Now that Tropical Storm IRENE, the ninth-named tropical cyclone of the 2011 Atlantic hurricane season, has generated in the extreme eastern Caribbean the data-crunching by the prediction models is is busy following the path of the storm trying to determine where it might go and where it could be five days from now. These models used by the National Hurricane Center require continuous input from satellite observations, from surface observations made by oceangoing ships in or near the path of the storm, and also from observations and data captured by especially equipped airplanes, the so-called hurricane hunters, which fly through the cyclone in a zig-zag pattern at an altitude of 3,000 meters and others that flight around the perimeter of the storm at much higher altitudes.
The end result of these model runs is not only the graphic representation of the projected storm track as a cone of uncertainty which is used by emergency management and civil protection authorities to issue alerts, watches and warnings for the public, but also information about sustained wind speeds, potential wind gusts, minimum central atmospheric pressure, amount of precipitation, potential for strengthening or weakening as the storm progresses. Over the years predictions by the National Hurricane Center based on these models, especially the projected three-day track, have improved considerably becoming more accurate over recent years. Despite this improvement in track prediction, the five-day forecast still carries a high degree of uncertainty, which is why the cone of uncertainty gets rounder and wider toward the end of any given five-day prediction.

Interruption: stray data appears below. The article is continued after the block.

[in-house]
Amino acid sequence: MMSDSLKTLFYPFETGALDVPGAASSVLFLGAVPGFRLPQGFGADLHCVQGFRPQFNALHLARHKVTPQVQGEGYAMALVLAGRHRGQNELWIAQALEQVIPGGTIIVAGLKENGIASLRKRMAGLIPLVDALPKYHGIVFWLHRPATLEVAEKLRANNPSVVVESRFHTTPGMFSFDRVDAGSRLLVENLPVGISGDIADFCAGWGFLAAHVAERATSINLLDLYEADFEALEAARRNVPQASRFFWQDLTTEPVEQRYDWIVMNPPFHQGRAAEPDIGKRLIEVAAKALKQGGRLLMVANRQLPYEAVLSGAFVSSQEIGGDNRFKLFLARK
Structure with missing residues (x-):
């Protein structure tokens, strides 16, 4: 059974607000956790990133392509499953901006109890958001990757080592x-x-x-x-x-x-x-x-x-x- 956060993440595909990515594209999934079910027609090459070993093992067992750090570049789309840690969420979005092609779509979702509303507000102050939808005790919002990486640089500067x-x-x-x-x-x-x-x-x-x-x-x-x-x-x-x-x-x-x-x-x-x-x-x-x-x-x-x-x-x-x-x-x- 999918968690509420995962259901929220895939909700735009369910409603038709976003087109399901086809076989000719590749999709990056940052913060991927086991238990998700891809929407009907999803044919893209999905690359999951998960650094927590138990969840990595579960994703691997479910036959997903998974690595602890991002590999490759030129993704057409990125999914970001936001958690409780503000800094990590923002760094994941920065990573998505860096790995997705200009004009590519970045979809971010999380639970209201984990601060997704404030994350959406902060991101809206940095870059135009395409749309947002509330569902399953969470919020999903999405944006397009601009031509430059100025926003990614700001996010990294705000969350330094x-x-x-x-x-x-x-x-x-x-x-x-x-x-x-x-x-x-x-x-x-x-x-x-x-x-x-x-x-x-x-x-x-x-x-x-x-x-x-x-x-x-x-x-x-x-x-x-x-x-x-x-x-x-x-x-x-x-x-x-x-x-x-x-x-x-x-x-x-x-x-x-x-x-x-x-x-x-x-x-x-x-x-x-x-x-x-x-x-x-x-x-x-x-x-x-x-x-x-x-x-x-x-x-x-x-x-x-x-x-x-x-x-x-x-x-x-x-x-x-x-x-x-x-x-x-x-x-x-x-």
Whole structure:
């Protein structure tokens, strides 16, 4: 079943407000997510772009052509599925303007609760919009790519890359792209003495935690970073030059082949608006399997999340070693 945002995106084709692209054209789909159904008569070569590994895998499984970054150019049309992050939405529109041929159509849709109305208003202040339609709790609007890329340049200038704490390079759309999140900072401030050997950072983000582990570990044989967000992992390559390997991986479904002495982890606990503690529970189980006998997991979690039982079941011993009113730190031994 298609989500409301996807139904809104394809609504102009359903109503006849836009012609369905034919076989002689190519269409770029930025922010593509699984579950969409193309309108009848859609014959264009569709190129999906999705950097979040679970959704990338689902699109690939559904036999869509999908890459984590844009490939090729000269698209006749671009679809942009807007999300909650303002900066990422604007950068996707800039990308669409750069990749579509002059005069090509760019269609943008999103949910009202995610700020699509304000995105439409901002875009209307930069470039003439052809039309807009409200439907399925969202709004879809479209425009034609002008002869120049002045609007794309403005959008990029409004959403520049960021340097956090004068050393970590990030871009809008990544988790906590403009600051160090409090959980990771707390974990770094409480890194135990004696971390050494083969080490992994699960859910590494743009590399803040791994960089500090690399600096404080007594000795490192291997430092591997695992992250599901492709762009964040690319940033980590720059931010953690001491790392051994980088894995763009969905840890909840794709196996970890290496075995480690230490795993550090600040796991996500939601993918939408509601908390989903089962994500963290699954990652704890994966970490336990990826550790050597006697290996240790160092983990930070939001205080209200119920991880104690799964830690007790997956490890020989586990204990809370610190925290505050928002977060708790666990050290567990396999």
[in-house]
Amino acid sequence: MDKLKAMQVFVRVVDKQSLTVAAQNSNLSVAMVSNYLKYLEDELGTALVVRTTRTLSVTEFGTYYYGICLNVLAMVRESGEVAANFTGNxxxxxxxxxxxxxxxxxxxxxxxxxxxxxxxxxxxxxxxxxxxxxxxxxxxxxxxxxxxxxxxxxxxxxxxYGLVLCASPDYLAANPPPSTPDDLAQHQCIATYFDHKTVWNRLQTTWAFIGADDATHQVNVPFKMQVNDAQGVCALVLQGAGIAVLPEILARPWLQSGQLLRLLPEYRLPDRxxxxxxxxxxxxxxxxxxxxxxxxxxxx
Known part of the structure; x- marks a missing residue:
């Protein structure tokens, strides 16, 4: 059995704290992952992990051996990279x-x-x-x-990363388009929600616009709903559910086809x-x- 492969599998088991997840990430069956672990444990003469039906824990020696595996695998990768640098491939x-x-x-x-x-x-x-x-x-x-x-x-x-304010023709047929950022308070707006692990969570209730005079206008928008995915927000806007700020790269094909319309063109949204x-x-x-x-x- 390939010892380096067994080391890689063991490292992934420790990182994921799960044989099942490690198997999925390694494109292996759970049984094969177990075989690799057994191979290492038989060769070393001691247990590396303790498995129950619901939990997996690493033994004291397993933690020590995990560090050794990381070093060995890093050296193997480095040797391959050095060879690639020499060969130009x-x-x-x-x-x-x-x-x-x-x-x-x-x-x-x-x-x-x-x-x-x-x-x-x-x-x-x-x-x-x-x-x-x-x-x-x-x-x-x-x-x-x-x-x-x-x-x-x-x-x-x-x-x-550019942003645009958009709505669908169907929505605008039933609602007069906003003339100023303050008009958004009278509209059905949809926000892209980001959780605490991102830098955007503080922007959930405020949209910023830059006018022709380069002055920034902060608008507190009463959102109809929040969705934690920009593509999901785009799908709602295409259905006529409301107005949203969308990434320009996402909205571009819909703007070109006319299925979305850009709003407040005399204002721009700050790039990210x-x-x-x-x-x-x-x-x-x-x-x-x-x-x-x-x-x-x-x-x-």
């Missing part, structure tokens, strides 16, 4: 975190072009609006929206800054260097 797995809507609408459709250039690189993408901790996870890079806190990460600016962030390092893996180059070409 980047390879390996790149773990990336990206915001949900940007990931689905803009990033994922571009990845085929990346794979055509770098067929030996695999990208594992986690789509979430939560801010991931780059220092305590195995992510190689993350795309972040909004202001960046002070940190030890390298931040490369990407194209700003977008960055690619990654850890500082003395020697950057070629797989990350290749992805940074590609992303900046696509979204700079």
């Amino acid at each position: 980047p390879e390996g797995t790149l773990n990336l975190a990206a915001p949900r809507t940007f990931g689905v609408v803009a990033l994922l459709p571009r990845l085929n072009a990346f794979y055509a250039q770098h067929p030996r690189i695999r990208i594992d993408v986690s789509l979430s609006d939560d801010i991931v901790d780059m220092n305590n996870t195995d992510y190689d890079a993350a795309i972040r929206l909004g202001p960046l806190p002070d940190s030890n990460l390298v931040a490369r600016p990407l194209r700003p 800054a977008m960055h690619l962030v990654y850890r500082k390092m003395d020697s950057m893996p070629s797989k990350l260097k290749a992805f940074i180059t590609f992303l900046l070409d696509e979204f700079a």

With respect to Tropical Storm IRENE the model runs have resulted in a track that has the tropical cyclone strengthening over the next 24-48 hours, perhaps even reaching hurricane strength as it approaches a predicted landfall in Hispaniola. At this point an assessment of the coupled ocean-atmosphere environment around and ahead of the storm suggest it may survive its interaction with topography as it traverses over Haiti and Cuba to reorganize, and perhaps strengthen again to hurricane strength, over the Bahamas and Florida straits for another landfall somewhere in south Florida.
Based f current projections Florida is a target for Tropical Storm IRENE, possibly as a hurricane by then, toward the end of this week. Because this projected impact on Florida is toward the end of the five-day track the degree of uncertainty as to the exact region of landfall, its intensity at the time, or whether there will be a land fall at all or not in South Florida, remains quite high. Such uncertainty notwithstanding, the prudent action for all South Florida interests is to monitor the progress of Tropical Storm IRENE closely over the next 2-3 days, be on the alert, make preparations and concentrate of ways to mitigate any potential impact if and when it takes place. In fact all interests around the Caribbean sub-basin, particularly along the eastern periphery of the Caribbean sea, and in the Bahamas and South Florida, will do well to pay close attention as IRENE evolves and moves over the next 24-72 hours.
Those of us who call South Florida home will do well to keep an eye on what happens with Tropical Storm IRENE over the next few days, especially when our region enters the three-day cone of uncertainty toward mid week. In the mean time Pay Attention! Be Prepared!! MITIGATE!!!
UPDATE: Sunday 21 August 2011 at 6:30 p.m.
Tropical storm IRENE has found a favorable environment and it has gotten better organized and strengthened during the day today. The most significant development with IRENE today is a slight shift of its track toward the north, which will bring it for a possible landfall in southwestern Puerto Rico and a more northerly track over Hispaniola and Cuba, and faster forward movement along its track. Should these changes hold the risk of landfall near the large urban area in southeast Florida increases, although the margin of error this far away is quite high, in the order of 320 – 400 kilometers either way.
Following is the modified track as published by the Navy Research Laboratory, which when compared to the one posted earlier [above] shows what has been described.